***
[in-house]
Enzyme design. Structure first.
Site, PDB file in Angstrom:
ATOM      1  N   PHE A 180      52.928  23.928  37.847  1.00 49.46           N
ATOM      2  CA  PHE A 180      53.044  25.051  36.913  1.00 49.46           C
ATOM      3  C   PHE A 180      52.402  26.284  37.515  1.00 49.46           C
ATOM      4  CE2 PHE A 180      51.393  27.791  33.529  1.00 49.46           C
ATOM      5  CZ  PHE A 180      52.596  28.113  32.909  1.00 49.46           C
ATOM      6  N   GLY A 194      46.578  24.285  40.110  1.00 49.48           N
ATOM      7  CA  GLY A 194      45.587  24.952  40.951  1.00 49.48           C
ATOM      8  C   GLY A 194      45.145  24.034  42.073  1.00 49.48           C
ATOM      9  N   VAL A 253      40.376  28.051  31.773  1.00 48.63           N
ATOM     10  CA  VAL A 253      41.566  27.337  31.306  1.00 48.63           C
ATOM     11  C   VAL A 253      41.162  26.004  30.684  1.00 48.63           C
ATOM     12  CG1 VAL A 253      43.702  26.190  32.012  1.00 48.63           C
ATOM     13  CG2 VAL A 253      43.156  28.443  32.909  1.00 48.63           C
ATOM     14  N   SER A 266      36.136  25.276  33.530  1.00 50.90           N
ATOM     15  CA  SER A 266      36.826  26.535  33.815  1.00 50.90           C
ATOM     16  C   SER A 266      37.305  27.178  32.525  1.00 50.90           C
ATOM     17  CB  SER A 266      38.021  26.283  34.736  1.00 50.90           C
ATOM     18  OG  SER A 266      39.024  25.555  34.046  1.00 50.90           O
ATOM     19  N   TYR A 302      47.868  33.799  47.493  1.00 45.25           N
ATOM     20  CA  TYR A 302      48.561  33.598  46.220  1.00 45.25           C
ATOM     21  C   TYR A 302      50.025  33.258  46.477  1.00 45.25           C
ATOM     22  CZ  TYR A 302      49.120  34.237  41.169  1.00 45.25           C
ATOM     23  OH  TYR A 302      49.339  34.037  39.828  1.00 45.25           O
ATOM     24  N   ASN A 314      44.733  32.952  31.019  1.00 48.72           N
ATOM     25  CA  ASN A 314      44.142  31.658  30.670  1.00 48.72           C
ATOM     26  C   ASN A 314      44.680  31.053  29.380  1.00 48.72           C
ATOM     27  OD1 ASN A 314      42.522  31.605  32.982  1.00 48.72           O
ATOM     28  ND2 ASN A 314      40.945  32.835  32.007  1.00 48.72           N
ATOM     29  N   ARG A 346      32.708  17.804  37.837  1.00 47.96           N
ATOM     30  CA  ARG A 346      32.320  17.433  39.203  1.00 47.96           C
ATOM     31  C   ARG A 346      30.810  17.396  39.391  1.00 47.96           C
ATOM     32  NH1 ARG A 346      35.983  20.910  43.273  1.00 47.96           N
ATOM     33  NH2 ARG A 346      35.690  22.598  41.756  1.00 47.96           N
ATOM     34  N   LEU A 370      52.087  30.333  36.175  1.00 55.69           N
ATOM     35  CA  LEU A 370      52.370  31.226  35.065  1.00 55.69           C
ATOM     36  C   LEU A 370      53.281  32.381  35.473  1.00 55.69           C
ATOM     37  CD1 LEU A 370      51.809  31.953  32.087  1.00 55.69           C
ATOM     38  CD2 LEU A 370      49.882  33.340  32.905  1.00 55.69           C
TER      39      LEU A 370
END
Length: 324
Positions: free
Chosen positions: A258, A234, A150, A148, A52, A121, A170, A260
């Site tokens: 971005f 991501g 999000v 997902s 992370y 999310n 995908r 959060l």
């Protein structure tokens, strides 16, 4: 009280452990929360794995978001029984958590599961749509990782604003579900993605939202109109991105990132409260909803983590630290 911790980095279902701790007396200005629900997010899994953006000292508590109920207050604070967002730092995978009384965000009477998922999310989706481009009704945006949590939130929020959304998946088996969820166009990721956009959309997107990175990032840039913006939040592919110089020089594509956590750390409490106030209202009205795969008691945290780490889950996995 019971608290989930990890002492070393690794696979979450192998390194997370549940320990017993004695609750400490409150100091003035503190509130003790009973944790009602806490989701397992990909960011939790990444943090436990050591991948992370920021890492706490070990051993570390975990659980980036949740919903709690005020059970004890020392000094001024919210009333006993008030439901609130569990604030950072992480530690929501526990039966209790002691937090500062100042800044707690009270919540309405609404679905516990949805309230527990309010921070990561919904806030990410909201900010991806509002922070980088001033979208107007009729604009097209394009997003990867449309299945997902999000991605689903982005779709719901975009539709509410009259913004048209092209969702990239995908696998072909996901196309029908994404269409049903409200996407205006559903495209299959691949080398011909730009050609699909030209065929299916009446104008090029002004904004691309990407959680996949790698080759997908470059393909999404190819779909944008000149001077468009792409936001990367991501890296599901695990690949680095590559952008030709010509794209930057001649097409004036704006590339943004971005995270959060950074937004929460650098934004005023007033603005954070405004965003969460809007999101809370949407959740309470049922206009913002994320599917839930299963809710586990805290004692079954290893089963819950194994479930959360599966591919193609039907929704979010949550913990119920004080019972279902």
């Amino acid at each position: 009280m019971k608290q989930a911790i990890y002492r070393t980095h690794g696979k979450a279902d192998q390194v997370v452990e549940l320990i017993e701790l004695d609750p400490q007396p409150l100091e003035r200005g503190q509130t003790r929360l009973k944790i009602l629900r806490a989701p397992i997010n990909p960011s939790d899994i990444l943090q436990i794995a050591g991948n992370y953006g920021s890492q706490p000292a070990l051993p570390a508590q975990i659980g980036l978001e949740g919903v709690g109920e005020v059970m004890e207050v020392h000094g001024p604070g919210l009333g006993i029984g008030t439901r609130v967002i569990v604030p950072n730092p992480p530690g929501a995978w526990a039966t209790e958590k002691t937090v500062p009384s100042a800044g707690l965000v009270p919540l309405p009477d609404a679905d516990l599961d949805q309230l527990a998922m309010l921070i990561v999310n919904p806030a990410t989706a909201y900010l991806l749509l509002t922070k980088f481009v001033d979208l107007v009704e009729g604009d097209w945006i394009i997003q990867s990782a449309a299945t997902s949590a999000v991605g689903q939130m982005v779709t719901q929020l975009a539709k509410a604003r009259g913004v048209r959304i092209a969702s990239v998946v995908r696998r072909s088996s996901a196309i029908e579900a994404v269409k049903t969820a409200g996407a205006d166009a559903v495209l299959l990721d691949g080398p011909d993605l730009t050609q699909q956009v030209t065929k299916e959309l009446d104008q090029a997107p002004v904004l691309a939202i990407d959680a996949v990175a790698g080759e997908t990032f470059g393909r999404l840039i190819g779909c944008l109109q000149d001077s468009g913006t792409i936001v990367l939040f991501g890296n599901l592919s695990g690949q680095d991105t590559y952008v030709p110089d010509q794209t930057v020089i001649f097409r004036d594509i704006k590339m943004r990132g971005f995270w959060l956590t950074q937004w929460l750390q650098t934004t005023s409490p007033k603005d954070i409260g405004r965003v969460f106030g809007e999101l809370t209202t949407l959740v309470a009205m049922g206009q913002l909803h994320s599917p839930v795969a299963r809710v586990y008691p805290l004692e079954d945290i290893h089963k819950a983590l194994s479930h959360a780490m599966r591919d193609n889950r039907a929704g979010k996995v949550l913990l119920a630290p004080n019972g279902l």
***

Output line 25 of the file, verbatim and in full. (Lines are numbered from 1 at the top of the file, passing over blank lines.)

ATOM     22  CZ  TYR A 302      49.120  34.237  41.169  1.00 45.25           C